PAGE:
Rep. Karen Bass Remembers The 1992 Los Angeles Riot – And The Work It Took To Heal A Community

She’s in a tight race to become L.A.’s first Black woman mayor, but three decades ago the lawmaker was working to keep economic and racial tensions from reaching a boiling point.

Democratic Congresswoman Karen Bass has a lengthy political career ranging from serving on several House committees and founding the Congressional Caucus on Foster Youth.  Although she is one of the most well-known African American politicians in the country, her roots are in grass roots community work and that is forever intertwined with the events beginning April 29, 1992.

Her story began as a physician's assistant and clinical instructor before founding the LA-based Community Coalition in 1990 with community organizers made up of African American and Latino members.

But when a jury did not convict four LAPD officers in the 1991 beating of Rodney King, the city exploded in violence. Bass, who is now running for mayor of Los Angeles, sat down to tell what it was like watching the city reach a boiling point despite efforts to prevent it and the work done in helping the city find healing in the aftermath.

When I helped found the Community Coalition in 1990, South Los Angeles residents were facing numerous challenges including the crack epidemic, the war on drugs and over policing from the Los Angeles Police Department among others. Through the organization, we worked tirelessly to transform the social and economic conditions of the area through an institution that provided services alongside trying to change public policy.

I had, as well as a number of other people, had been working to improve the quality of life and increase opportunities, and we weren't able to accomplish that fast enough. So tensions boiled over and the city exploded following the not guilty verdict of four officers seen brutally assaulting Rodney King around the world a year prior.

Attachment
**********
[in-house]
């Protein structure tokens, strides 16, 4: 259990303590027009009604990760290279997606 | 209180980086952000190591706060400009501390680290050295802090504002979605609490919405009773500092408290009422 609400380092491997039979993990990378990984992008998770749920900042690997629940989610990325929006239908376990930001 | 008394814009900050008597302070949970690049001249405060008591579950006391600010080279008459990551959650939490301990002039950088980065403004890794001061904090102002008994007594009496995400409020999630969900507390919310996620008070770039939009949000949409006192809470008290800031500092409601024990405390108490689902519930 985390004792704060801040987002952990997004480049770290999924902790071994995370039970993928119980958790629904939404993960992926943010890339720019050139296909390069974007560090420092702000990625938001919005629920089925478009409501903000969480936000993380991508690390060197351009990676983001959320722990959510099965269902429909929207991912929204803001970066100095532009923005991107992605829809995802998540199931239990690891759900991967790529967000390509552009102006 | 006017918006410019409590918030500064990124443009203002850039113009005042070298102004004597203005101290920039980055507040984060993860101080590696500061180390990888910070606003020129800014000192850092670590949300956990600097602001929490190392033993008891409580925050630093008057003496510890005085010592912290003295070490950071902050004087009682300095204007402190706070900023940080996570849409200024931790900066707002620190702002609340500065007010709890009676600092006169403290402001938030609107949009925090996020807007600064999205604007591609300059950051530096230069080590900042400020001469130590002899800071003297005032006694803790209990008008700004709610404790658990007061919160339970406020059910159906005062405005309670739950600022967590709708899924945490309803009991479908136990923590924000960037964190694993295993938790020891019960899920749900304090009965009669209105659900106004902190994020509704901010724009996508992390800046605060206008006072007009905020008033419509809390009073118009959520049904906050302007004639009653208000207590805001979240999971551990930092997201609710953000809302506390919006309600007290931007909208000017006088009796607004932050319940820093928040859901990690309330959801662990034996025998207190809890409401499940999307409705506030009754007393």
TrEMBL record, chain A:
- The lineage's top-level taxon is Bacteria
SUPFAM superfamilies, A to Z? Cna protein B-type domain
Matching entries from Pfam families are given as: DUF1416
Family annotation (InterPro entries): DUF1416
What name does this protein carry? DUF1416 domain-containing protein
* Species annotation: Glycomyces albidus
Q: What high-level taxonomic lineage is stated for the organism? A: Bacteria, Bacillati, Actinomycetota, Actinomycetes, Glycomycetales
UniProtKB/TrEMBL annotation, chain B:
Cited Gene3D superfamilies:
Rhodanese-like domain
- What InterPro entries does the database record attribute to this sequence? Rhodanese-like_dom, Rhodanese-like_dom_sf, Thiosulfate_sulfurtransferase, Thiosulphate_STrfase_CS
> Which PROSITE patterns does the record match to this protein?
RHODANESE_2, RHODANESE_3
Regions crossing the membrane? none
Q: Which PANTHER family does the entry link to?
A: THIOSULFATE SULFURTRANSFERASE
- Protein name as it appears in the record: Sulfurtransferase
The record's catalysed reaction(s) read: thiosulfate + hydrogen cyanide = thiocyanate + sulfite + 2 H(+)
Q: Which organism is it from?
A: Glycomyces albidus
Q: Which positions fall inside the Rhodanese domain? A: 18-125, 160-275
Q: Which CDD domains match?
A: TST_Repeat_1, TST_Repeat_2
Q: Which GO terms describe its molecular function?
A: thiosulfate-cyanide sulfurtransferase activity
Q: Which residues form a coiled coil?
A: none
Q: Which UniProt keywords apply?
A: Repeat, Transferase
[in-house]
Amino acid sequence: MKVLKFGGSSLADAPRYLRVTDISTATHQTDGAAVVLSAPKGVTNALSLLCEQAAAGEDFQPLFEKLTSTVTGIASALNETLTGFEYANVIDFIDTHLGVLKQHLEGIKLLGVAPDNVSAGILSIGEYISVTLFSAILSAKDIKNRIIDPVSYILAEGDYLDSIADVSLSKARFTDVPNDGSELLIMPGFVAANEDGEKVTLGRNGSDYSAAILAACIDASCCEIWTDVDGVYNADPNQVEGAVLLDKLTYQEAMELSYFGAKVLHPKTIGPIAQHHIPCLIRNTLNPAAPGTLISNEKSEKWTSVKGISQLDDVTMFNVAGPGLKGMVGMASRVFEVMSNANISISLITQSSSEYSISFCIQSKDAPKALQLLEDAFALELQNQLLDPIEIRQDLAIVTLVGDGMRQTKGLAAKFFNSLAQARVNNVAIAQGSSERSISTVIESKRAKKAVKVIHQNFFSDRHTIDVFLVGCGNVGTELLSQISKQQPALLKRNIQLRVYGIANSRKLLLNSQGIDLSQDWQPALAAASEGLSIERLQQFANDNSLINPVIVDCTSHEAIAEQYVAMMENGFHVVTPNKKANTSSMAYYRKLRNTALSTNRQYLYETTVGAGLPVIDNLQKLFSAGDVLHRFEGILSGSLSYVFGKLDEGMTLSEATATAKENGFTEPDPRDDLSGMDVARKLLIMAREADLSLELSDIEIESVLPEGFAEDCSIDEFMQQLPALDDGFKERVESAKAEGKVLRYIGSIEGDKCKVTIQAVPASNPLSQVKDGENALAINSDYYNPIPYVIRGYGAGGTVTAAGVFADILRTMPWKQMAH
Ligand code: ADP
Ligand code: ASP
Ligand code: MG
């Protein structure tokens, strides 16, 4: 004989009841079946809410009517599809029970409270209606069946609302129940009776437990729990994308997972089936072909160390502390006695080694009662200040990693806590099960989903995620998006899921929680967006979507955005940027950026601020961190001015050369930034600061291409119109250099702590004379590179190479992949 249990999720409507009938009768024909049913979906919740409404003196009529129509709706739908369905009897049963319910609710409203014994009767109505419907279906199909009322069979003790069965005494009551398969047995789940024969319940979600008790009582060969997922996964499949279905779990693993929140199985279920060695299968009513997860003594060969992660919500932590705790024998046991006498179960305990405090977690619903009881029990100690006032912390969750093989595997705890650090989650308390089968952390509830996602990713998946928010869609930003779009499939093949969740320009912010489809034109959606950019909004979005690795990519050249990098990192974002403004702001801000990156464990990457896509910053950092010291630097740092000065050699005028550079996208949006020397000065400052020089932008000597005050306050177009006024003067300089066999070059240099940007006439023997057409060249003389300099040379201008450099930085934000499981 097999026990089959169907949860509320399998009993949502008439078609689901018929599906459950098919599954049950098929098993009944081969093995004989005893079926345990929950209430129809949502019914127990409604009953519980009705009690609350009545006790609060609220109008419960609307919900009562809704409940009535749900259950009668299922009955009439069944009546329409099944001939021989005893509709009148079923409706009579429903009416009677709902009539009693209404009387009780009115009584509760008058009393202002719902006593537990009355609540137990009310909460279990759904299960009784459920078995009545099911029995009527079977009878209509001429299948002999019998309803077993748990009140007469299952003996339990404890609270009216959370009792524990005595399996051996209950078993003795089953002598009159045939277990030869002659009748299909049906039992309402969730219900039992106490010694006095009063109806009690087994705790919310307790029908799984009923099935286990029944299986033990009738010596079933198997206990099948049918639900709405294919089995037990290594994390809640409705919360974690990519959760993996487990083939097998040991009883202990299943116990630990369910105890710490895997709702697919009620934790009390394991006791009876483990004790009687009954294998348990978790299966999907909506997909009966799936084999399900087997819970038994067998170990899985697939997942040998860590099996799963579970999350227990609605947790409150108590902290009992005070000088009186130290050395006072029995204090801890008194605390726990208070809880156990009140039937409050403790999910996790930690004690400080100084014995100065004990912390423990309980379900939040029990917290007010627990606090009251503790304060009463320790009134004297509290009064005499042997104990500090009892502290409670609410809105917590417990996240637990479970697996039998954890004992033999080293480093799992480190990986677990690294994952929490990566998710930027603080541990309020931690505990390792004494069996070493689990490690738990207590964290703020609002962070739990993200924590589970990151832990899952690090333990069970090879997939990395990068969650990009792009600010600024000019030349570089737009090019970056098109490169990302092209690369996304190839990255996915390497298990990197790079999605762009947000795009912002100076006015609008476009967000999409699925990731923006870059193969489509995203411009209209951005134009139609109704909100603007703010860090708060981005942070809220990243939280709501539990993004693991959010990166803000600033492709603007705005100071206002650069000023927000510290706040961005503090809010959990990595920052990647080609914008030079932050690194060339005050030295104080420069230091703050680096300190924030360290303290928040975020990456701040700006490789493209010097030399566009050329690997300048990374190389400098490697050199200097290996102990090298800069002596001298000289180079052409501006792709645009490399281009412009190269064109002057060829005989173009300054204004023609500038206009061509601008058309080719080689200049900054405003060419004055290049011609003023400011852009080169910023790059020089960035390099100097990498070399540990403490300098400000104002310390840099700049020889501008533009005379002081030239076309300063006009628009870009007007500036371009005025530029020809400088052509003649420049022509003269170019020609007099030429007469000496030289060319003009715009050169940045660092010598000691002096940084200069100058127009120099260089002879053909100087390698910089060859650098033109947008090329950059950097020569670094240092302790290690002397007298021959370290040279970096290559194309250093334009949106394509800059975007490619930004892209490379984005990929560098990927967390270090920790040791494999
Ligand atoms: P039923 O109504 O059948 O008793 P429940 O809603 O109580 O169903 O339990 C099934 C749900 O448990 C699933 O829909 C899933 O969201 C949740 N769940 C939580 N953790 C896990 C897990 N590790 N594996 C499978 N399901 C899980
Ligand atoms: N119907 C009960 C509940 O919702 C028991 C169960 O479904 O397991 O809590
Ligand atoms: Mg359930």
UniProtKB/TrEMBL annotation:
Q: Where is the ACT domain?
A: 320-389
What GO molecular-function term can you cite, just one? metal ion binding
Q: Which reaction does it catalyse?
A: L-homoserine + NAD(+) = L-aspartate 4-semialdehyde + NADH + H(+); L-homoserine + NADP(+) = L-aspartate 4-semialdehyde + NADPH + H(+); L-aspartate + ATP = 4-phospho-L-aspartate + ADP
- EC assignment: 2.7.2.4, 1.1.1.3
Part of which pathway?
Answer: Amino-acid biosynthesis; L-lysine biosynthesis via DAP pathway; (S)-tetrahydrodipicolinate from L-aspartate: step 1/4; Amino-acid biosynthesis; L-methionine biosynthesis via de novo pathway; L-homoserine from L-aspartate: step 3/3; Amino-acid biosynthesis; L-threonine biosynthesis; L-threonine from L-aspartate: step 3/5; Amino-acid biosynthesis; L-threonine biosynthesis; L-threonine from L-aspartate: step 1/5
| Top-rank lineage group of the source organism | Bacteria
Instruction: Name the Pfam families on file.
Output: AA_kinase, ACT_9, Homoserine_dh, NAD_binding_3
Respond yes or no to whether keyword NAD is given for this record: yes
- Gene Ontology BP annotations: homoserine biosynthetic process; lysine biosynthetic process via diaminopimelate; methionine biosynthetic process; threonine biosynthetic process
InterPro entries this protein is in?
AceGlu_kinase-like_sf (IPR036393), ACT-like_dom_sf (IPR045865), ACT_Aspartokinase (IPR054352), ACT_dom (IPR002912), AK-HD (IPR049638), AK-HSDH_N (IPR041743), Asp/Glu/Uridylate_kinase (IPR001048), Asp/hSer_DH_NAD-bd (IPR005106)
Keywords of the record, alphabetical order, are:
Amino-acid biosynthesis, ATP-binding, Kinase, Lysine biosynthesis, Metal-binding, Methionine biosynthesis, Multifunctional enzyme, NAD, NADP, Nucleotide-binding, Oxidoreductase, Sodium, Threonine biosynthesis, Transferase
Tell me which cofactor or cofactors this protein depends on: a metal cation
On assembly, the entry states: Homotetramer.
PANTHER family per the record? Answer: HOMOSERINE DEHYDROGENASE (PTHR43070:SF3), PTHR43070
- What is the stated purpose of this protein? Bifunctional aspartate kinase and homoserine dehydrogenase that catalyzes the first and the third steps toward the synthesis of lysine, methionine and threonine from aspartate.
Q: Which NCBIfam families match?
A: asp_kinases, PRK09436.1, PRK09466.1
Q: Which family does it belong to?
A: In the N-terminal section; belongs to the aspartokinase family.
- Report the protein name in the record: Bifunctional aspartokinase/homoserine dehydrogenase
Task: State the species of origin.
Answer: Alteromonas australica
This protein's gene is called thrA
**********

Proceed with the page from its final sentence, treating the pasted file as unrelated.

VIDEO: The 1992 Los Angeles Riot: A Visual Timeline of A Devastating Event

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The other thing that we had been working on for years, was to try to hold the police department accountable. We obviously had failed on that as well, because those police officers got off. It was a combination of work that had been going on for a couple of decades or more, and the inability to actually solve problems fast enough.

For example, when it came to policing, we were on the verge of getting rid of, or at least putting in place an amendment to the city charter that would allow the firing of the police chiefs. But the election hadn't happened. The unrest happened in April. The election was in June. We won the election. We were able to amend the city charter. We were able to eventually get rid of the police chief [Daryl Gates].  We were succeeding slowly but surely, but not fast enough.

In 1992, Rep. Karen Bass was a community activist working to uplift Los Angeles neighborhoods.

Before the verdict was announced, my day was a regular work day in the community, having meetings and meeting with staff.  However, that day was filled with anxiety, because we knew the verdicts were going to happen later that day. The Community Coalition building was about a mile away from where the chaos started on the corner of Florence and Normandie.

The minute the verdicts happened, I got in my car and started to head over to First AME Church because all the community leaders were going to go to the church to try to keep the city calm.  But unfortunately, by the time we got to the church, the violence had already started. As I arrived on the corner of Florence and Normandie on the way to the church, I could see people throwing bricks.